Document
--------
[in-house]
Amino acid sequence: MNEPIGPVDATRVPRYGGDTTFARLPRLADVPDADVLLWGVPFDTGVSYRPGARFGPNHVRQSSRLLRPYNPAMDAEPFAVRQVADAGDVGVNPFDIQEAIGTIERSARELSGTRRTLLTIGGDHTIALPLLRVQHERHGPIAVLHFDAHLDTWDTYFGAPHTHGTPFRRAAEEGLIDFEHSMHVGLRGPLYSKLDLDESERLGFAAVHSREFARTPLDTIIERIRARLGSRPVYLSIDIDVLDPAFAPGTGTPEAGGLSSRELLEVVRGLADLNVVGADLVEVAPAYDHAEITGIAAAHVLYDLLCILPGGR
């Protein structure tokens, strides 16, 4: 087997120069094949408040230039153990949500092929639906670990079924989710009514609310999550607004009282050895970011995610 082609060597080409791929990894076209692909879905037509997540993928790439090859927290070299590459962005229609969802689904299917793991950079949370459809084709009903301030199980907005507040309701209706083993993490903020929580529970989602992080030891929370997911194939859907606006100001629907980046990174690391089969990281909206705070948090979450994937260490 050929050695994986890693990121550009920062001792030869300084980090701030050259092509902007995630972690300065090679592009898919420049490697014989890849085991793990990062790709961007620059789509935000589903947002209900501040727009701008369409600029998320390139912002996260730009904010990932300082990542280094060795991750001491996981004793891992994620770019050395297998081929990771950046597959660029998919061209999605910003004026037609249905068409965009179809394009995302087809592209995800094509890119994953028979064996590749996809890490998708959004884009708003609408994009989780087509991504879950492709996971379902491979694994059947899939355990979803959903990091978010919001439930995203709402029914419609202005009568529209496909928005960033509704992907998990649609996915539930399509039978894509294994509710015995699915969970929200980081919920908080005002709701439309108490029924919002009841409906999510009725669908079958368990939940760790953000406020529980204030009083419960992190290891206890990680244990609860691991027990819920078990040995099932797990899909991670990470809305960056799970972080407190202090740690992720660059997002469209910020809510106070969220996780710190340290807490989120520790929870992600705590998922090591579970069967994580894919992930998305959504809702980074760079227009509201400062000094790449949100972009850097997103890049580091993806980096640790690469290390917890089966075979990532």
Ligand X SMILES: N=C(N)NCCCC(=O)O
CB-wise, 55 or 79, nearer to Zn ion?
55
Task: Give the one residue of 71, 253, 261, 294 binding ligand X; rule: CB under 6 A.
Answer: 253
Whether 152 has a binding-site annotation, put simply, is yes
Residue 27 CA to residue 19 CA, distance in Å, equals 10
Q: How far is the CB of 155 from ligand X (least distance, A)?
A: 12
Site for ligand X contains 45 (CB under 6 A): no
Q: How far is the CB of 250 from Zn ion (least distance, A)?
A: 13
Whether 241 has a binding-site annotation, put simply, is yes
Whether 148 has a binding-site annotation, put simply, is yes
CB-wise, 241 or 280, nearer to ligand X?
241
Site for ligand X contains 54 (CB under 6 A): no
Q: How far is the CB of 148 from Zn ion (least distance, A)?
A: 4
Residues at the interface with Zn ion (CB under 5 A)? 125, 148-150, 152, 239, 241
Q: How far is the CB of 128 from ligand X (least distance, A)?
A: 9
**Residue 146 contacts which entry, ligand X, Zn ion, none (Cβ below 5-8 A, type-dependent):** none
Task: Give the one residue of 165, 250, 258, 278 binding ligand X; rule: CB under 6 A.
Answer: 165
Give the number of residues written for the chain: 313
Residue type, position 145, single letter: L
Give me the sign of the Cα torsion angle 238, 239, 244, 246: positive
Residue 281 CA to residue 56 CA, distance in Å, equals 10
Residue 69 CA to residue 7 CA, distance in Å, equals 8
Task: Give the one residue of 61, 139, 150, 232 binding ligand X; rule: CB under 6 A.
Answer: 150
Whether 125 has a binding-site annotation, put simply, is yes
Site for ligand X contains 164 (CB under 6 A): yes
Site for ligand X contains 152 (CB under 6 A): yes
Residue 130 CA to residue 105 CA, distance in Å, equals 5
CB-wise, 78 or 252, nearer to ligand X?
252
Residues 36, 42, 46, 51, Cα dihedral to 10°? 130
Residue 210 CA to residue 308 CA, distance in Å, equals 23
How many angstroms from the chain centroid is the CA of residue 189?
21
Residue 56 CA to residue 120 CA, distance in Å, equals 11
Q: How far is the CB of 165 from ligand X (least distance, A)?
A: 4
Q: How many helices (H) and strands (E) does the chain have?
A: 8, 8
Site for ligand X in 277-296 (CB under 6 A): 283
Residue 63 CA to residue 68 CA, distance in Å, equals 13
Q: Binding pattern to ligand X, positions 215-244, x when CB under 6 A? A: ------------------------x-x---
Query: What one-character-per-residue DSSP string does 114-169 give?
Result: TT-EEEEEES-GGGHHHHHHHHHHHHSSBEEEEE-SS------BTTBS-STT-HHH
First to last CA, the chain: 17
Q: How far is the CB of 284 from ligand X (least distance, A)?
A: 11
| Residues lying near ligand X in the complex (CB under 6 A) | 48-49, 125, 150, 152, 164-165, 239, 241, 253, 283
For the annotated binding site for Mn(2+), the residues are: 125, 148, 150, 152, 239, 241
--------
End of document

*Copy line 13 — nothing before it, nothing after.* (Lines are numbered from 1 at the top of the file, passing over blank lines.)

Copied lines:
Site for ligand X contains 45 (CB under 6 A): no